IMG_6726Here is the same view but taken from an upstairs window. I would really like to take you on a little photographic walk down the snowy track next to the fence but I’m not sure my photos are good enough.

I hope you have enjoyed this little visit to Scales Farm (click on the link for more photos). It’s well worth a visit for the views alone, which I can’t do justice to with my camera.

 

The Joy of Snow….up close

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IMG_1509I’m sure I never used to see ‘proper’ snowflakes when I was a child. Was I just not looking carefully enough, caught up in the more exciting activities that come with snow? Is this viewing of snowflakes the consequence of age or has the type of snow we get changed?

I’d love the opportunity to see snowflakes under a microscope but for now, the macro function of my camera will do.

All images taken with Canon Digital Ixus 80IS and edited with iPhoto.

Inspiration from Little Tin Bird, here. Scroll down to the last picture.

The Joy Of……The Internet

When I learned to crochet, years ago, I felt as if I was enjoying my hobby in isolation. There wasn’t much around that was very inspiring and I certainly didn’t know anyone else who I could share ideas with. When I took up my hook again almost two years ago I was lucky enough to discover Attic 24. The first time I looked at that blog I was hooked (sorry, bad pun). At last, here was someone making crochet that looked a bit more modern and fun.

Of course once you find one blog that you like the look of it is only a matter of a few clicks and sure enough, you will find more inspiration than you know what to do with. Sometimes it can be a bit daunting. There is one blog that I regularly read in disbelief. I can hardly believe that one person can do so much crafty stuff. Mostly though, I just enjoy looking at all the lovely things that other people make. I love the fact that a craft like crochet, that had a bit of a fuddy duddy reputation when I was growing up has got a whole new lease of life through modern technology. I wonder what my Grandma would have made of it?

Another visual source of inspiration is Instagram – a photography app for smart phones. I am aware that there was a bit of an upset in the Instagram world a week or two ago over who owns the rights to the pictures posted there. I’m not sure if it’s been resolved but for now I ams sticking with it. It took me a while to get to grips with Instagram as a social network but now that I have, I love it. Most of the people that I ‘follow’ on Instagram are crocheters (is that a word?). Here is the picture that inspired the crocheted jar covers in my last post. I have asked permission to share this here, by the way.89d8870c25a611e2901022000a9e13ab_7The same person (I only know them by the name on their Instagram account – nillams) also posted this…

43e749b60d2a11e29bac22000a1c032a_7and then the pattern…057e3e640f8711e2b3af22000a1fb856_7Which inspired my to make these…IMG_5544

It’s not really about the quality of the photography for me. It’s about being able to connect with other people who like the same things. If you are an experienced blogger/tweeter/social media user maybe this isn’t news to you? For me, this is the joy of the internet.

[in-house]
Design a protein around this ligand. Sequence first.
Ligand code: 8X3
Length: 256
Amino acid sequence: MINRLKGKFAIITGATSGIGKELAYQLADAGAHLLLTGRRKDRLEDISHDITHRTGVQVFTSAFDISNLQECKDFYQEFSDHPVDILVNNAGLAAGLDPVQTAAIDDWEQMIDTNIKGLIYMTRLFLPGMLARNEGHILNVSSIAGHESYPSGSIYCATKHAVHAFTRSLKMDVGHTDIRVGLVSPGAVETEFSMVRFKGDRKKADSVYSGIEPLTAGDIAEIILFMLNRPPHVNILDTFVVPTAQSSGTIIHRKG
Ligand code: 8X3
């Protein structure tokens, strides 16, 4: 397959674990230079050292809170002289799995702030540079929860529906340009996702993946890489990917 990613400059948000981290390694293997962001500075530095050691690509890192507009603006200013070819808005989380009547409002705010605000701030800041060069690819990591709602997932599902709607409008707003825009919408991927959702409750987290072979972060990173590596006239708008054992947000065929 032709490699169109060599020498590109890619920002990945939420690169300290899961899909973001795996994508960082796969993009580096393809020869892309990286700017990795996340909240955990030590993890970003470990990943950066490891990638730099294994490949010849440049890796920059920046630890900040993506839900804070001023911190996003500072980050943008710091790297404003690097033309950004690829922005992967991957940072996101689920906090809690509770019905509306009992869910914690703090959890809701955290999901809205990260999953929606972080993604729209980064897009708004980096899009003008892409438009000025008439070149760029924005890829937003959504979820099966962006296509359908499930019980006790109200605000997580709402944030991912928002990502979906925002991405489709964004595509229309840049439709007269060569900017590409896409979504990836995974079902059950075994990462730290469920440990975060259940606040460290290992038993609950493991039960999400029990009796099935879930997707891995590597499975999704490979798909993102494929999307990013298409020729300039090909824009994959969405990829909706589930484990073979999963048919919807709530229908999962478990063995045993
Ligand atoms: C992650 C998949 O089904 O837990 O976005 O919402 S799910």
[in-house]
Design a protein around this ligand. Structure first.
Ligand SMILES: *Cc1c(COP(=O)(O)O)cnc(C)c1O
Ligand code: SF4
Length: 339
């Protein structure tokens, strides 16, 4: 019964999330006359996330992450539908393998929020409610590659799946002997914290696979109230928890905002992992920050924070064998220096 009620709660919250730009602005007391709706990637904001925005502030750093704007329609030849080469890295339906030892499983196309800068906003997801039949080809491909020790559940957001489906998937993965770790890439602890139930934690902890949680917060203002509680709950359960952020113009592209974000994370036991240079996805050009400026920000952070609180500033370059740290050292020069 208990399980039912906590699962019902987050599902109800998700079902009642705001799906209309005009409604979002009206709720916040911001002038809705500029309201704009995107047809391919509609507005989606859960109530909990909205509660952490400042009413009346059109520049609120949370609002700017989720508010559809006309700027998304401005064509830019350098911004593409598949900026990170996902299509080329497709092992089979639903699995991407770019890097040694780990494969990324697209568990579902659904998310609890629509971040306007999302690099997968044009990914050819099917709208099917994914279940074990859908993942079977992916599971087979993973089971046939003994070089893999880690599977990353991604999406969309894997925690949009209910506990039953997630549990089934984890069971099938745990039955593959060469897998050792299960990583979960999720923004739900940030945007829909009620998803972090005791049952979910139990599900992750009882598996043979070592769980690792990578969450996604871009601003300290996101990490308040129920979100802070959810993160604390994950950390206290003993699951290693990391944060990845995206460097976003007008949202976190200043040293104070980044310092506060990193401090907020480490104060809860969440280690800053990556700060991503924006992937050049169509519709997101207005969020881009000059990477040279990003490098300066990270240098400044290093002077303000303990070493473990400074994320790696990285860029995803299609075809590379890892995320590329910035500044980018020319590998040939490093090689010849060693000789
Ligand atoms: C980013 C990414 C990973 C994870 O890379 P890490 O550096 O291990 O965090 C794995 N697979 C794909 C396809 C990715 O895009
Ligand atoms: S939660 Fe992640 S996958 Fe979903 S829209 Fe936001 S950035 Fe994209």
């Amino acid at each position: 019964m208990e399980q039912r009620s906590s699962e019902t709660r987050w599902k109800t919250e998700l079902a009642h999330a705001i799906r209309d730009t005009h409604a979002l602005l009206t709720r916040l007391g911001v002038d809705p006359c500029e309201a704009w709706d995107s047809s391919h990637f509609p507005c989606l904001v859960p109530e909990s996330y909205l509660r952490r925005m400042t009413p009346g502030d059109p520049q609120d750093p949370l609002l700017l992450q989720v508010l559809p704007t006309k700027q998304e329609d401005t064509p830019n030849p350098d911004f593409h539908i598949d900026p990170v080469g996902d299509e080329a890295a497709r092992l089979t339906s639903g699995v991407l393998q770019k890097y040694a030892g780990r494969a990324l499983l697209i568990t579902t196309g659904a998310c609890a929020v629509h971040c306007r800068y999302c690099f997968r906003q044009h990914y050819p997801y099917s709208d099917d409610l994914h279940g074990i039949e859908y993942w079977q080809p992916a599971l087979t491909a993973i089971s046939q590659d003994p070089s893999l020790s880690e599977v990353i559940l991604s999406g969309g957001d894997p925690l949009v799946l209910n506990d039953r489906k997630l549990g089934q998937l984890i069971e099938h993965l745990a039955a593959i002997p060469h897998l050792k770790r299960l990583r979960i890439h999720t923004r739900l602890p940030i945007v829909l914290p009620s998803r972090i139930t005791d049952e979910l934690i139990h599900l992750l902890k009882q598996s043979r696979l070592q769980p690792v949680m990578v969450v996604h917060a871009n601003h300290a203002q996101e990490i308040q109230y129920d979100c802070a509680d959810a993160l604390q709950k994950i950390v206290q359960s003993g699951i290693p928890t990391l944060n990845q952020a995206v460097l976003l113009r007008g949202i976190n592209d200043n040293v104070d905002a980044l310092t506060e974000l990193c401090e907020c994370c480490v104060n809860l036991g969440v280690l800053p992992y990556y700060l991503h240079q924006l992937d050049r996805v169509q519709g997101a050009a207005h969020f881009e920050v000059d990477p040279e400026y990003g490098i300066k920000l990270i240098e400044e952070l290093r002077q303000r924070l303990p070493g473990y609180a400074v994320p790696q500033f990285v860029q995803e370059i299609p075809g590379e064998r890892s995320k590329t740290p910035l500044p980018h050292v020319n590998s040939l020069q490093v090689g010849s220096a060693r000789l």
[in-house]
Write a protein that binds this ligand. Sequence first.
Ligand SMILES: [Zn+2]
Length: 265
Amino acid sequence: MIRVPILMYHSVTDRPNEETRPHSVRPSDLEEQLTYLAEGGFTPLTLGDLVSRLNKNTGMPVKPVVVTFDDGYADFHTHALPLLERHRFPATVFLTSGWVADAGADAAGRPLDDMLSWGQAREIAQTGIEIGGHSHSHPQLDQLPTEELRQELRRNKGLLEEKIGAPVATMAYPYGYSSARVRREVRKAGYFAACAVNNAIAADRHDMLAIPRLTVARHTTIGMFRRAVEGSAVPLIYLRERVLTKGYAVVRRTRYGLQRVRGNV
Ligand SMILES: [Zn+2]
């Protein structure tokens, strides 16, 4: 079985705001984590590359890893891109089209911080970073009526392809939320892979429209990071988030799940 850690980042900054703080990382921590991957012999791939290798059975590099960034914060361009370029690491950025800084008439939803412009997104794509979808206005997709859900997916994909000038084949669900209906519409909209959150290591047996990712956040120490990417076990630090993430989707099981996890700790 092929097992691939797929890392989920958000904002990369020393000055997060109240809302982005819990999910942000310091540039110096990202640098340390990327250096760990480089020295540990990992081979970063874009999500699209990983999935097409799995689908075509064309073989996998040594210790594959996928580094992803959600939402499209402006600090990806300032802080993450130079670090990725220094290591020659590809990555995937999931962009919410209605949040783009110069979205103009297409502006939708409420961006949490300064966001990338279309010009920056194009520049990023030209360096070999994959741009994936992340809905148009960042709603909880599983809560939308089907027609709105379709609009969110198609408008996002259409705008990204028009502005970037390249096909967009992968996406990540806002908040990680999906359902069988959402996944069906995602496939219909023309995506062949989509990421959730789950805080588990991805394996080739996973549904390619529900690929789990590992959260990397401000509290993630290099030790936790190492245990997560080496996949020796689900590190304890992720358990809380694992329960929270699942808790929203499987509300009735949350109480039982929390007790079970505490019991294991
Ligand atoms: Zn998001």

Autumn Outings: Part One – Durham

The weather has been reasonably kind over the last few weeks, allowing us some autumn outings.

In the first week of the month, Son Number One went on a school trip to Durham Botanical Gardens. The following weekend we decided to have a family trip there as he was keen to show us around. It was a perfect day to appreciate a garden in autumn.

I bet every visitor to the garden photographed this tree

Bright blue skies and golden leaves, warm enough to leave your coat behind but cool enough to be autumnal.

There were still lots of lovely bedding plants around and I couldn’t help taking lots of pictures of the dahlias.

Although it was hard at times not to imagine the pleasure of a child free visit to these gardens, the real joy of this trip was watching Son Number One. He helped his sister do all the clues on the ‘quiz trail’ and guided us around the garden in a very confident fashion.

By a complete coincidence we met some of our best friends there, though they were almost ready for leaving when we arrived. It didn’t stop the children exploring the greenhouses together. One houses a small collection of ‘minibeasts’ (well, the spiders weren’t so mini, they were big and hairy) and a fish pond, one houses the cactus collection, one houses a ‘tropical rainforest’ complete with spray and one houses a large tank containing giant lily pads (somehow I managed to miss this). The boys had a great time trying to photograph the minibeasts. I won’t scare you with the results but I will give you Son Number One’s fish photo’s because I think they are quite pretty.

I should probably mention that a large part of the garden is accessible with a push chair. We took our Phil and Ted’s 3 wheeler and managed to go ‘off road’ quite a bit. All in all, we had a lovely afternoon out. We should visit Durham more often as it really is on our doorstep. It was funny to be there on one of the first afternoons of the new university term. The Husband and I felt quite old as we watched swathe after swathe of students go to and from the playing fields. They all looked so young and full of vim and vigour. It seems incredible that is is almost 20 years since we began our university careers. Son Number One is closer to University age than we are. Scary thought.